It’s out with the old and in with the new as Patek Philippe discontinues all older iterations of the brand’s only watch that features a minute repeater, a tourbillon, and an instantaneous perpetual calendar with aperture displays. We foresee a short, albeit intense, mourning period however, since the brand has replaced it with a stunning piece in white gold you won’t be able to keep from admiring, on or off your wrist.

  • 5270P-001 Chronograph Perpetual Calendar
    This got collective oooooohs not because of the fact that it’s the first of this model rendered in platinum. Absolutely not. It isn’t even because it has a beautiful chocolate brown alligator strap, or that its subtle vintage look hides a stunning complication. It got collective ooooohs because it has a salmon face. End of story.

It was a big year for Omega. From celebrating the Seamaster’s original launch in 1948 and the Diver 300M’s 25th anniversary to the unveiling of much-awaited, exquisitely feminine pieces, and even a dark, beautiful ode to the cosmos, the brand’s offerings at this year’s fair has us wanting to get our hands on them, ASAP.

Here, we round up our favorites.

Speedmaster "Dark Side of the Moon" Apollo 8 omega baselword 2018

Commemorating the 50th anniversary of the Apollo 8 mission, which allowed human eyes to see the dark side of the moon for the first time, this new take on the Moonwatch is gorgeous for a variety of reasons: a stunning ceramic exterior, a skeletonized dial that reveals lunar-inspired laser ablating, and a transparent caseback that greets you with astronaut Jim Lovell’s eternal words to mission control: “We’ll see you on the other side.” Indeed.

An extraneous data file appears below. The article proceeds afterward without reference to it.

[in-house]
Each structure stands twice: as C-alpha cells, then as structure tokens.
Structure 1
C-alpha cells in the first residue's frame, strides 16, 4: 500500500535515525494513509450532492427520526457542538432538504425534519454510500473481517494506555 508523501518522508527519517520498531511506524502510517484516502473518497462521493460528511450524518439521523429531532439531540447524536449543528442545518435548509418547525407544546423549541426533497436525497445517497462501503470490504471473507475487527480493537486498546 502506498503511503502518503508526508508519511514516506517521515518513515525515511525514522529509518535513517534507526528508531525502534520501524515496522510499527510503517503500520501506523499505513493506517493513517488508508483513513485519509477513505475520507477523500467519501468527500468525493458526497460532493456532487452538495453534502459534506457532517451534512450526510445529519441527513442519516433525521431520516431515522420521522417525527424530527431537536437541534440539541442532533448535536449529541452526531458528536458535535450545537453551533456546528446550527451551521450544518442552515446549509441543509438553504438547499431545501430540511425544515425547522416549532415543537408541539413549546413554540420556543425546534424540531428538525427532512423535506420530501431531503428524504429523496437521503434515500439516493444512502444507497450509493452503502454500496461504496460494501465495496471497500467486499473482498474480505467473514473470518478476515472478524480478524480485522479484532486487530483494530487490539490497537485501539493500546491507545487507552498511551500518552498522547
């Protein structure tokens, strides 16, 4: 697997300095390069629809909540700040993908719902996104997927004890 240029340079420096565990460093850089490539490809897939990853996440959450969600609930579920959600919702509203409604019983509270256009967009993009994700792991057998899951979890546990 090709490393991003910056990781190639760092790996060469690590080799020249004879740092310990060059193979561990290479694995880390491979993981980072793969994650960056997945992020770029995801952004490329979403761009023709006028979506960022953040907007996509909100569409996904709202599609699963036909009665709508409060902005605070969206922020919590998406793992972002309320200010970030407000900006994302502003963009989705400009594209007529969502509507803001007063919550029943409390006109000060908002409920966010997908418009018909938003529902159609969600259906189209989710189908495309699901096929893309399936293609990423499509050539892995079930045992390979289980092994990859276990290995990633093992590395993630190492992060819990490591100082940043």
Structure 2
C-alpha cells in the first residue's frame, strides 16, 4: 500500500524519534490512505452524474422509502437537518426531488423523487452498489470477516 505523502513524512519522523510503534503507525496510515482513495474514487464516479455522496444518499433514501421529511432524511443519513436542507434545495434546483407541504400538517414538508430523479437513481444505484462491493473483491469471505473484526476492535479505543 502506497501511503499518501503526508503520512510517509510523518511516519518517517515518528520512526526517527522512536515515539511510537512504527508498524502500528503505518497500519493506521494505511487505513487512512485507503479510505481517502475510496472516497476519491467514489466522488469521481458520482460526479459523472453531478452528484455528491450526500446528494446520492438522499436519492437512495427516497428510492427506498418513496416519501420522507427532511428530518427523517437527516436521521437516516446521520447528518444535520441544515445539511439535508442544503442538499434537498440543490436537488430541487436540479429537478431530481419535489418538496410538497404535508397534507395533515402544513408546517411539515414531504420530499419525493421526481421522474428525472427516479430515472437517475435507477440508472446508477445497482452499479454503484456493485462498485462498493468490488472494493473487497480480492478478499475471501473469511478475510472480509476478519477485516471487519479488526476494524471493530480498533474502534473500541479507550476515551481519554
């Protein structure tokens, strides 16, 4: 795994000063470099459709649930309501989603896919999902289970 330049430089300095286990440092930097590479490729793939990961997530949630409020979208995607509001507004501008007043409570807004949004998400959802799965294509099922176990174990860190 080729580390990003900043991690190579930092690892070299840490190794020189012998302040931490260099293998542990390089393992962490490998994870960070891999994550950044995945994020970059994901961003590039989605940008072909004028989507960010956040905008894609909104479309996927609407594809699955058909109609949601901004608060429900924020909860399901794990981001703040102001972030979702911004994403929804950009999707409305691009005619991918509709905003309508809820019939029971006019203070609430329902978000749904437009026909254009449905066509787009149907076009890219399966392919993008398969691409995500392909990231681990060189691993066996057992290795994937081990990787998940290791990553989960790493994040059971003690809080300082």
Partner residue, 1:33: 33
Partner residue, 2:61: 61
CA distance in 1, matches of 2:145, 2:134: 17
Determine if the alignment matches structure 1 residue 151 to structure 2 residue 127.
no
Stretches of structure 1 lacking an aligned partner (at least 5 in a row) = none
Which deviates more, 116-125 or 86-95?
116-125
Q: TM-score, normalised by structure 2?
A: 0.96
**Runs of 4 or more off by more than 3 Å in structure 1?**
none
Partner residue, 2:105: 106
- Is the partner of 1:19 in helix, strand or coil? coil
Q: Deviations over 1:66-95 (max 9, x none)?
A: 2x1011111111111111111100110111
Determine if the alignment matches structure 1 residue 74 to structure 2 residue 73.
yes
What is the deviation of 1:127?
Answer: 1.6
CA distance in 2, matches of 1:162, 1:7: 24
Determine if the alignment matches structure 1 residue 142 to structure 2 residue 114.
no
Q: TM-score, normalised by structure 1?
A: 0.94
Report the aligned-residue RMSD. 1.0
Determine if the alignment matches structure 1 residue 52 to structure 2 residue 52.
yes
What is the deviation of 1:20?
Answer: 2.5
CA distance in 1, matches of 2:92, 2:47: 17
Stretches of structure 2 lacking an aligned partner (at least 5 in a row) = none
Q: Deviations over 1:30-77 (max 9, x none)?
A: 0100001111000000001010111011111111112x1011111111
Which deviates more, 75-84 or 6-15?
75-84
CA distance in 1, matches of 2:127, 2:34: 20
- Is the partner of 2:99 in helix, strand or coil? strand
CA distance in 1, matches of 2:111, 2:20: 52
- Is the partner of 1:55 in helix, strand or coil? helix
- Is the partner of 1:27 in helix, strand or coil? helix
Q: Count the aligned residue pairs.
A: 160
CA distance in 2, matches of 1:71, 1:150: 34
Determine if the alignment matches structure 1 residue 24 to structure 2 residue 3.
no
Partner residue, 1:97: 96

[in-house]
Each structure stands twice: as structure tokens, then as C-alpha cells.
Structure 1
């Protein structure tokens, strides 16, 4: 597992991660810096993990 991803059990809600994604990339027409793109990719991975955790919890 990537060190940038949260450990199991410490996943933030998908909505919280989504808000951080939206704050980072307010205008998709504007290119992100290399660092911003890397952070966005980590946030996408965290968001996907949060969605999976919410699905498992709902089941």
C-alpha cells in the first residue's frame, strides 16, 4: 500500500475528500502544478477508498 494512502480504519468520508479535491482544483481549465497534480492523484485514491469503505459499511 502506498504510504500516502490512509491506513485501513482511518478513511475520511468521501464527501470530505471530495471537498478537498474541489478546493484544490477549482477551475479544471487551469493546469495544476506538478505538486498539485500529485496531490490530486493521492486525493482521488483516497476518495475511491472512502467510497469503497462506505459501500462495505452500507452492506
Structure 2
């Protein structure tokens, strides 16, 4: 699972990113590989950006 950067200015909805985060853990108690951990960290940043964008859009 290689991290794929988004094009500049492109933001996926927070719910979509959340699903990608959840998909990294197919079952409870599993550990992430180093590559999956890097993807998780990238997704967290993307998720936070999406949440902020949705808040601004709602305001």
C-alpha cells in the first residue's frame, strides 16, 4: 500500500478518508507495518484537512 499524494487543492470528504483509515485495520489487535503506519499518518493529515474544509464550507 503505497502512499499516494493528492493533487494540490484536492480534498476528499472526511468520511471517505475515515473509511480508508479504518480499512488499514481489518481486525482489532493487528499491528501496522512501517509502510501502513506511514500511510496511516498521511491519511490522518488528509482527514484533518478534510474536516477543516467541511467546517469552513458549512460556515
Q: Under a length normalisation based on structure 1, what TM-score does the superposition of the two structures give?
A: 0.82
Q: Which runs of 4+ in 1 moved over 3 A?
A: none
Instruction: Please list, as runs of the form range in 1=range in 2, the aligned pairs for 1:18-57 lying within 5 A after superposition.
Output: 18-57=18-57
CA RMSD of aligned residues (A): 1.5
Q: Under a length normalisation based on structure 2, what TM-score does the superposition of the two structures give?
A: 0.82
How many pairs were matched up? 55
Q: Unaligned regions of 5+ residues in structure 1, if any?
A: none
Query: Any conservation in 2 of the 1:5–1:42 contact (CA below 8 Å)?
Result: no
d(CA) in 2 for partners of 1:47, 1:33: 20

Seamaster Diver 300M Co-Axial Master Chronomete omega baselworld 2018

Even classics need an update, and in this respect, Omega managed to deliver, with the revamp of its iconic diving watch. It was a makeover, both inside and out, as the watch now not only comes with a smaller, 42mm face, but also a reintroduced laser-engraved signature wave pattersn, raised (and much more luminous) indexes, a new and improved helium escape valve, and—a walk on the wild side, this—a crystal caseback.

Omega De Ville Trésor omega baselworld 2018

Classic and elegant but young and modern—a difficult combination to master that would be a disaster is lesser hands, but Omega’s Trésor collection for women both draws inspiration from decades past while looking forward with a sleek, sophisticated aesthetic that’s all at once simple and luxurious.

Omega Seamaster 1948 Small Seconds and Central Second omega baselworld 2018

Happy 70th, Seamaster. We’re going to justify our deep desire for these limited edition tributes to the original with the fact that modern life is lived in a proverbial battlefield all its own. A stretch, we know, but how can you not want these two stunning watches that just might make you feel like you could lead armies—or, at the very least, take them on? Grandpa would be proud.

  • Shop the best vintage watches